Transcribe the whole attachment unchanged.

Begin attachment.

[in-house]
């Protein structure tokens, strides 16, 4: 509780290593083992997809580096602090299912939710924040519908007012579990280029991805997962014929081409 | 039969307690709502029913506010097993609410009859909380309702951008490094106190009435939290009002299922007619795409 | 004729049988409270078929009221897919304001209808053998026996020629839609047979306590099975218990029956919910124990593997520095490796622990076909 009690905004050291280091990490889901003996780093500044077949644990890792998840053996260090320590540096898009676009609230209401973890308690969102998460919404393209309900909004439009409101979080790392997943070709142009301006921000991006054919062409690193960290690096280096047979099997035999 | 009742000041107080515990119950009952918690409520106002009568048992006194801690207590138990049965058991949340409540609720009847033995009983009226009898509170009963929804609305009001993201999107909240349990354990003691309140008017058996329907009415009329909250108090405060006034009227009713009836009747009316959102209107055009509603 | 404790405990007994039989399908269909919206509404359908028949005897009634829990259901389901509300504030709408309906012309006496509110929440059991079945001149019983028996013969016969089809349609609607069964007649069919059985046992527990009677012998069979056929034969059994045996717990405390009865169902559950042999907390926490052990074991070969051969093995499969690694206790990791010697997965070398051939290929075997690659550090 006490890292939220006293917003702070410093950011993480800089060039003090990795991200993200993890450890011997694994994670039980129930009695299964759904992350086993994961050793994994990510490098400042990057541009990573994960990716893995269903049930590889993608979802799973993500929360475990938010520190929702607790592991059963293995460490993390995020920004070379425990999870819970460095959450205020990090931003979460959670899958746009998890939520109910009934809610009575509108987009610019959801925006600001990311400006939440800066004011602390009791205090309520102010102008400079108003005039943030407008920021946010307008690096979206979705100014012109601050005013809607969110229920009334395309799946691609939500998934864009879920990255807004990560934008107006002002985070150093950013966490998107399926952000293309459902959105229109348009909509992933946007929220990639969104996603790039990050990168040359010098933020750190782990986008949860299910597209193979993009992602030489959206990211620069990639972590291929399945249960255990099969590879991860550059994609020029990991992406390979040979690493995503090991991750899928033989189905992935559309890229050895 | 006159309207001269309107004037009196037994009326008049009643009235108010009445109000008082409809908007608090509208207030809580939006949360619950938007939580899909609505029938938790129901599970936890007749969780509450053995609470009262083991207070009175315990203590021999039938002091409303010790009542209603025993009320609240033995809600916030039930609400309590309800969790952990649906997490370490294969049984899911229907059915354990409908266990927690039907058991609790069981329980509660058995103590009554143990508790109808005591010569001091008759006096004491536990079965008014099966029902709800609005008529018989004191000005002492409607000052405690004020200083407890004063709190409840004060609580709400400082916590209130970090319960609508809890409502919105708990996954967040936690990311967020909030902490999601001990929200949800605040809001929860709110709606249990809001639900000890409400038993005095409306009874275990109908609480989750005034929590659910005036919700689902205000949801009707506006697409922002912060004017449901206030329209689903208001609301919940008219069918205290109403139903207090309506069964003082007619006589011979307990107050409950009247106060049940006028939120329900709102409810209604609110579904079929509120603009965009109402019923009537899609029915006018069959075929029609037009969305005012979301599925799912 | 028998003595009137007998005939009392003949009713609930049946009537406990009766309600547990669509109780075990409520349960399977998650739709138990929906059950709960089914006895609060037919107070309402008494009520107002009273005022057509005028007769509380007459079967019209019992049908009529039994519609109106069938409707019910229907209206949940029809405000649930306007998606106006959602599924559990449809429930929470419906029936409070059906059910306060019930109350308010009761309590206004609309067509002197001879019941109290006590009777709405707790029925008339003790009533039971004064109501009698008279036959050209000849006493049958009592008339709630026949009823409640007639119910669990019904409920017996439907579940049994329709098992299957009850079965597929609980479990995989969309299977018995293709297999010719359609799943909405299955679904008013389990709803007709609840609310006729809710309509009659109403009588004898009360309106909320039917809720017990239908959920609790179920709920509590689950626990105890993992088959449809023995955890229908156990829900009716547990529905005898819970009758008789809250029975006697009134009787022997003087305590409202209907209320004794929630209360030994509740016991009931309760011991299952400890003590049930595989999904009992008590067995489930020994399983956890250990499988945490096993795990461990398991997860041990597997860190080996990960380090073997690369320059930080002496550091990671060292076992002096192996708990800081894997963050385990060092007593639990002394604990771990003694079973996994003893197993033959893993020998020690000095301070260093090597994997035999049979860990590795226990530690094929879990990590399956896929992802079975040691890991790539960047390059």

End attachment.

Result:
[in-house]
């Protein structure tokens, strides 16, 4: 509780290593083992997809580096602090299912939710924040519908007012579990280029991805997962014929081409 | 039969307690709502029913506010097993609410009859909380309702951008490094106190009435939290009002299922007619795409 | 004729049988409270078929009221897919304001209808053998026996020629839609047979306590099975218990029956919910124990593997520095490796622990076909 009690905004050291280091990490889901003996780093500044077949644990890792998840053996260090320590540096898009676009609230209401973890308690969102998460919404393209309900909004439009409101979080790392997943070709142009301006921000991006054919062409690193960290690096280096047979099997035999 | 009742000041107080515990119950009952918690409520106002009568048992006194801690207590138990049965058991949340409540609720009847033995009983009226009898509170009963929804609305009001993201999107909240349990354990003691309140008017058996329907009415009329909250108090405060006034009227009713009836009747009316959102209107055009509603 | 404790405990007994039989399908269909919206509404359908028949005897009634829990259901389901509300504030709408309906012309006496509110929440059991079945001149019983028996013969016969089809349609609607069964007649069919059985046992527990009677012998069979056929034969059994045996717990405390009865169902559950042999907390926490052990074991070969051969093995499969690694206790990791010697997965070398051939290929075997690659550090 006490890292939220006293917003702070410093950011993480800089060039003090990795991200993200993890450890011997694994994670039980129930009695299964759904992350086993994961050793994994990510490098400042990057541009990573994960990716893995269903049930590889993608979802799973993500929360475990938010520190929702607790592991059963293995460490993390995020920004070379425990999870819970460095959450205020990090931003979460959670899958746009998890939520109910009934809610009575509108987009610019959801925006600001990311400006939440800066004011602390009791205090309520102010102008400079108003005039943030407008920021946010307008690096979206979705100014012109601050005013809607969110229920009334395309799946691609939500998934864009879920990255807004990560934008107006002002985070150093950013966490998107399926952000293309459902959105229109348009909509992933946007929220990639969104996603790039990050990168040359010098933020750190782990986008949860299910597209193979993009992602030489959206990211620069990639972590291929399945249960255990099969590879991860550059994609020029990991992406390979040979690493995503090991991750899928033989189905992935559309890229050895 | 006159309207001269309107004037009196037994009326008049009643009235108010009445109000008082409809908007608090509208207030809580939006949360619950938007939580899909609505029938938790129901599970936890007749969780509450053995609470009262083991207070009175315990203590021999039938002091409303010790009542209603025993009320609240033995809600916030039930609400309590309800969790952990649906997490370490294969049984899911229907059915354990409908266990927690039907058991609790069981329980509660058995103590009554143990508790109808005591010569001091008759006096004491536990079965008014099966029902709800609005008529018989004191000005002492409607000052405690004020200083407890004063709190409840004060609580709400400082916590209130970090319960609508809890409502919105708990996954967040936690990311967020909030902490999601001990929200949800605040809001929860709110709606249990809001639900000890409400038993005095409306009874275990109908609480989750005034929590659910005036919700689902205000949801009707506006697409922002912060004017449901206030329209689903208001609301919940008219069918205290109403139903207090309506069964003082007619006589011979307990107050409950009247106060049940006028939120329900709102409810209604609110579904079929509120603009965009109402019923009537899609029915006018069959075929029609037009969305005012979301599925799912 | 028998003595009137007998005939009392003949009713609930049946009537406990009766309600547990669509109780075990409520349960399977998650739709138990929906059950709960089914006895609060037919107070309402008494009520107002009273005022057509005028007769509380007459079967019209019992049908009529039994519609109106069938409707019910229907209206949940029809405000649930306007998606106006959602599924559990449809429930929470419906029936409070059906059910306060019930109350308010009761309590206004609309067509002197001879019941109290006590009777709405707790029925008339003790009533039971004064109501009698008279036959050209000849006493049958009592008339709630026949009823409640007639119910669990019904409920017996439907579940049994329709098992299957009850079965597929609980479990995989969309299977018995293709297999010719359609799943909405299955679904008013389990709803007709609840609310006729809710309509009659109403009588004898009360309106909320039917809720017990239908959920609790179920709920509590689950626990105890993992088959449809023995955890229908156990829900009716547990529905005898819970009758008789809250029975006697009134009787022997003087305590409202209907209320004794929630209360030994509740016991009931309760011991299952400890003590049930595989999904009992008590067995489930020994399983956890250990499988945490096993795990461990398991997860041990597997860190080996990960380090073997690369320059930080002496550091990671060292076992002096192996708990800081894997963050385990060092007593639990002394604990771990003694079973996994003893197993033959893993020998020690000095301070260093090597994997035999049979860990590795226990530690094929879990990590399956896929992802079975040691890991790539960047390059």